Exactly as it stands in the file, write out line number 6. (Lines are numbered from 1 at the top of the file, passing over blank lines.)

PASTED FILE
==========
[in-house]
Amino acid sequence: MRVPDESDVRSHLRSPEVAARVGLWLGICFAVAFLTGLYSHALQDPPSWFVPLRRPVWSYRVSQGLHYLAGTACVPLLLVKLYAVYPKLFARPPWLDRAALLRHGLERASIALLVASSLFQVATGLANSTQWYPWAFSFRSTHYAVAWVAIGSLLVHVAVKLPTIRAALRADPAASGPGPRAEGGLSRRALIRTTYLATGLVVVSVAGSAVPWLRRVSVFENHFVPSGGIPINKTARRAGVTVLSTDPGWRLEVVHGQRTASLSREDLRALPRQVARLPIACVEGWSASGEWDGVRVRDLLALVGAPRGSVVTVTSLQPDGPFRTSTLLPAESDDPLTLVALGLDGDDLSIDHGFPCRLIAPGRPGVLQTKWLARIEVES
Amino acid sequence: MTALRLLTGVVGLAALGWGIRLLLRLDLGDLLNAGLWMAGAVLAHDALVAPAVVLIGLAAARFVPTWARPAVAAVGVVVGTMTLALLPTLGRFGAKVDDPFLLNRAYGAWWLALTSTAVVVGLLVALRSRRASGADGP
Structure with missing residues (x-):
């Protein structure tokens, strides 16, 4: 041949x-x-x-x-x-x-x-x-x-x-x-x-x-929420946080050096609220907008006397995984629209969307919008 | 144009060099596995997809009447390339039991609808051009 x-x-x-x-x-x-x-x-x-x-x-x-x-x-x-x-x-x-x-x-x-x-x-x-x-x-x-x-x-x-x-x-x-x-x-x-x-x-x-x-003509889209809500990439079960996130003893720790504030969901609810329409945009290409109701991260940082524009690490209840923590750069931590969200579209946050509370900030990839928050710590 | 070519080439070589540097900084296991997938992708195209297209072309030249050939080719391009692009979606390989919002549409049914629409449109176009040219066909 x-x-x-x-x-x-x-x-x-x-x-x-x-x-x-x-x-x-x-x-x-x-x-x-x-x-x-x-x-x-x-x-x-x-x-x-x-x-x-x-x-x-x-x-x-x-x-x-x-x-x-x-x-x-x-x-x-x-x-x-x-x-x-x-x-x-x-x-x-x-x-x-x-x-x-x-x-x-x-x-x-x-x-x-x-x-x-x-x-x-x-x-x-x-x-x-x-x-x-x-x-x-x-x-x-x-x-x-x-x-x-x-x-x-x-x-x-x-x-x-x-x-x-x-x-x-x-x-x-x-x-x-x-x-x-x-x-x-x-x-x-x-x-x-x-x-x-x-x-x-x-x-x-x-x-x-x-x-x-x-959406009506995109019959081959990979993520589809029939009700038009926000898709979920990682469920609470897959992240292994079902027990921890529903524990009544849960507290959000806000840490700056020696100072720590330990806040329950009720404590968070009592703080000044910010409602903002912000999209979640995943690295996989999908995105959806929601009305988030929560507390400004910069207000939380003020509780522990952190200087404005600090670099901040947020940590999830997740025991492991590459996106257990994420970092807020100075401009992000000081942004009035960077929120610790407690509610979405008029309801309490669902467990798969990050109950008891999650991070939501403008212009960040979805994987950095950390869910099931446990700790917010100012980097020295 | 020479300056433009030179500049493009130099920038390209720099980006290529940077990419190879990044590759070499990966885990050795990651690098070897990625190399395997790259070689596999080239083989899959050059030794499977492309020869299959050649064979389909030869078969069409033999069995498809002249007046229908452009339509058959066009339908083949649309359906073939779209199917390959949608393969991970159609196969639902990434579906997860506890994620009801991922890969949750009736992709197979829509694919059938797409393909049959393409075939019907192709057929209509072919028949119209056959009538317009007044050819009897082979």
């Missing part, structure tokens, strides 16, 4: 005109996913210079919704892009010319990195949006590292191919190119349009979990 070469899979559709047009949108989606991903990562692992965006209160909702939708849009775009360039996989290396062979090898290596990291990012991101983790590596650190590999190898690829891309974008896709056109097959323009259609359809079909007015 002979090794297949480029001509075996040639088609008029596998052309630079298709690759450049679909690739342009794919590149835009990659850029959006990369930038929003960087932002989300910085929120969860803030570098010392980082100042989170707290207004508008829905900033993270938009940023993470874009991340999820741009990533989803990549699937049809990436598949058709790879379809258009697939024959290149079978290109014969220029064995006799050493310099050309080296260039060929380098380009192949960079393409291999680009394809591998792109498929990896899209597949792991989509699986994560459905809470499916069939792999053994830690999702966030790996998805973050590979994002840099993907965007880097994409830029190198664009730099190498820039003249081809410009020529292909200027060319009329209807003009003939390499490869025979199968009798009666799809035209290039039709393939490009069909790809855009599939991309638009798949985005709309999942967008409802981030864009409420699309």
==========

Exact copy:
């Missing part, structure tokens, strides 16, 4: 005109996913210079919704892009010319990195949006590292191919190119349009979990 070469899979559709047009949108989606991903990562692992965006209160909702939708849009775009360039996989290396062979090898290596990291990012991101983790590596650190590999190898690829891309974008896709056109097959323009259609359809079909007015 002979090794297949480029001509075996040639088609008029596998052309630079298709690759450049679909690739342009794919590149835009990659850029959006990369930038929003960087932002989300910085929120969860803030570098010392980082100042989170707290207004508008829905900033993270938009940023993470874009991340999820741009990533989803990549699937049809990436598949058709790879379809258009697939024959290149079978290109014969220029064995006799050493310099050309080296260039060929380098380009192949960079393409291999680009394809591998792109498929990896899209597949792991989509699986994560459905809470499916069939792999053994830690999702966030790996998805973050590979994002840099993907965007880097994409830029190198664009730099190498820039003249081809410009020529292909200027060319009329209807003009003939390499490869025979199968009798009666799809035209290039039709393939490009069909790809855009599939991309638009798949985005709309999942967008409802981030864009409420699309």